The machinery of enlightenment, in short, requires of liberalism a new digital immune system.
Fiddler on the Roof and Same-Sex Marriage
Fiddler on the Roof not only contains wonderful lyrics and music, but brilliantly captures an essential political dynamic of the West—the conflict between claims of tradition and the Enlightenment. It is also appropriate that the conflict takes place in the Jewish community, because Judaism prefigured that conflict. Sometimes it is said that the West is forged by the tension between Jerusalem and Athens—between religious tradition and philosophical principle, but I believe the conflict is present in the Bible, particularly in books like Job where the people of God argue with God on the basis of implicit principles. Moreover, it was Baruch Spinoza, an excommunicated Jew, who laid the groundwork of the radical enlightenment that intensified conflict with tradition and gave us modernity.
The theme of the musical is introduced in the first song, appropriately entitled “Tradition.” Tevye, the everyman protagonist, states that traditions are what keep his people in “balance.” (The song subtly implies other traditions perform the same function for other people, like Orthodox Russians). Without tradition, he says, a person is like a Fiddler on the Roof, always in danger of falling into the abyss. The entire play can be seen as a commentary on that statement, giving it shape and nuance. It becomes clear that traditions themselves are fiddlers on the roof, always in danger of falling themselves. And what prompts discarding are claims of enlightenment principles.
All these conflicts in Fiddler surround what constitutes an appropriate or even legitimate marriage within the community, thus making it particularly relevant to the debate over same-sex marriage today. In the first conflict, Teyve’s eldest daughter refuses the traditional matchmaker’s choice of a rich, old merchant in favor of a poor young man. It follows from the enlightenment program for individuals that they are free to choose when their choices will not harm others. A second daughter chooses to marry a political activist, although that choice will separate her from family, defeating the strong tradition of an extended family living together in mutual aid. His youngest daughter chooses to marry outside the faith. The radical enlightenment can brook no ethnic restrictions in choice of mate.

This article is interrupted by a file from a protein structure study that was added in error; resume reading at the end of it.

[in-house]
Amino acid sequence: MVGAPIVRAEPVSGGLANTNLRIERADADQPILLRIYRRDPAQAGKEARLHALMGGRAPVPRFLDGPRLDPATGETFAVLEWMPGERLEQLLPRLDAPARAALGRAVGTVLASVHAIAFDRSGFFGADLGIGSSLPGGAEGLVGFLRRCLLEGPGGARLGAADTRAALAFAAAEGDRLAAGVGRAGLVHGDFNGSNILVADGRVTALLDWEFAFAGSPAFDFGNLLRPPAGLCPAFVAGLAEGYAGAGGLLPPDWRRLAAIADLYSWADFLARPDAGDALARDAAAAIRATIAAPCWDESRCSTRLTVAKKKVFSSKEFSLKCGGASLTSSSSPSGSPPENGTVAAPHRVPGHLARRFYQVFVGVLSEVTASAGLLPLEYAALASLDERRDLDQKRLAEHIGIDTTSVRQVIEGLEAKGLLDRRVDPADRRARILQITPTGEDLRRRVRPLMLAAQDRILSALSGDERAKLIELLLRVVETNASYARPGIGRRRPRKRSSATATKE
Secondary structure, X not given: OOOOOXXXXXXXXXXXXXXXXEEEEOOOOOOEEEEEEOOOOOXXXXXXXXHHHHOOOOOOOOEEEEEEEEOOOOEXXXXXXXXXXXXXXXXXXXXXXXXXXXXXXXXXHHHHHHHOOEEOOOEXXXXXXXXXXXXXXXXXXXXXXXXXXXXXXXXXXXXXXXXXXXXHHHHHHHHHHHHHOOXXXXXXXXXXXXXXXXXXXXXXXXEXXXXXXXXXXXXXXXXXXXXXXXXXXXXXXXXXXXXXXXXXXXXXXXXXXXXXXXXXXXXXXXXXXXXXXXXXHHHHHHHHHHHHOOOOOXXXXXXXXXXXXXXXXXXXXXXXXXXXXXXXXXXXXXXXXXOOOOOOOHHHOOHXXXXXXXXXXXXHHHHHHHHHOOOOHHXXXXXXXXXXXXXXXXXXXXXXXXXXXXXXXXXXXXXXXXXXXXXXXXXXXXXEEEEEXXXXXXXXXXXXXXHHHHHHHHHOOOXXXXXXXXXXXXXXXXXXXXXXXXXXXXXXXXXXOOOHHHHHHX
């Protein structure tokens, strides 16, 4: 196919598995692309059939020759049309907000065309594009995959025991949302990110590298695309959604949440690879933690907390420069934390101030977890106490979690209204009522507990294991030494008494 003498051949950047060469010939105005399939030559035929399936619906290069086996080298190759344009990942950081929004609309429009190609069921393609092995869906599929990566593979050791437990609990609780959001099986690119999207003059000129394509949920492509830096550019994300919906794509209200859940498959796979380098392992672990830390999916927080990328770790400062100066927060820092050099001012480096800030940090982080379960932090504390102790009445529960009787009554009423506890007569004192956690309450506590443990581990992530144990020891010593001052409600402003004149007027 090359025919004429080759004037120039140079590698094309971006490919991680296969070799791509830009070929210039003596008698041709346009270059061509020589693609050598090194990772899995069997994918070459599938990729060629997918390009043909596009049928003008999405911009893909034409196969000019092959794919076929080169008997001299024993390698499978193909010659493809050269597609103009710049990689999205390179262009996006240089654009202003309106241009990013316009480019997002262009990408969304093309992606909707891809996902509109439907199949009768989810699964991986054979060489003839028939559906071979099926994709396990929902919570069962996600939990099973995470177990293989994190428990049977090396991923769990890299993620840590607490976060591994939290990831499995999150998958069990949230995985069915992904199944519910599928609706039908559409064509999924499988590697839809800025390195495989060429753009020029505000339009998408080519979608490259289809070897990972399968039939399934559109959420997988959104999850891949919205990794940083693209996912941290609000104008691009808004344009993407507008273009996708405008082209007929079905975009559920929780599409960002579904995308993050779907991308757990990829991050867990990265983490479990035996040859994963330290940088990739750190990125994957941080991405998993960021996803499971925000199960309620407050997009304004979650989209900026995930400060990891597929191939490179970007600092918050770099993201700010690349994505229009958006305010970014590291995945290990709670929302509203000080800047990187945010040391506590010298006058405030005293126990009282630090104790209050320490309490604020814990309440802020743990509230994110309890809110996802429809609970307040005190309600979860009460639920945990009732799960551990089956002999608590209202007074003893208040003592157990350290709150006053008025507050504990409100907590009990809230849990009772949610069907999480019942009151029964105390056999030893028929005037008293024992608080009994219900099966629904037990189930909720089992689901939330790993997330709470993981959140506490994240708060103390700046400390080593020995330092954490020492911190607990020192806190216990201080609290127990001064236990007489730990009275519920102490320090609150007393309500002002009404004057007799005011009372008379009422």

But just as opponents deserve respect so do the proponents. The idea of individual choice when that choice does not do substantial harm to others is as the heart of the enlightenment. Perhaps it has even attained the status of a tradition itself, because it has made our world more prosperous and open to more possibilities for more people than ever before.
The other lesson from the play is how to resolve the conflict between claims of tradition and claims from the enlightenment. Teyve is a common man who recognizes that he is not a scholar expert in the Jewish law. His internal dialogues are not legal monologues, but debates of the heart. The Supreme Court cannot generate that kind of conversation. Only public debate in a democracy can.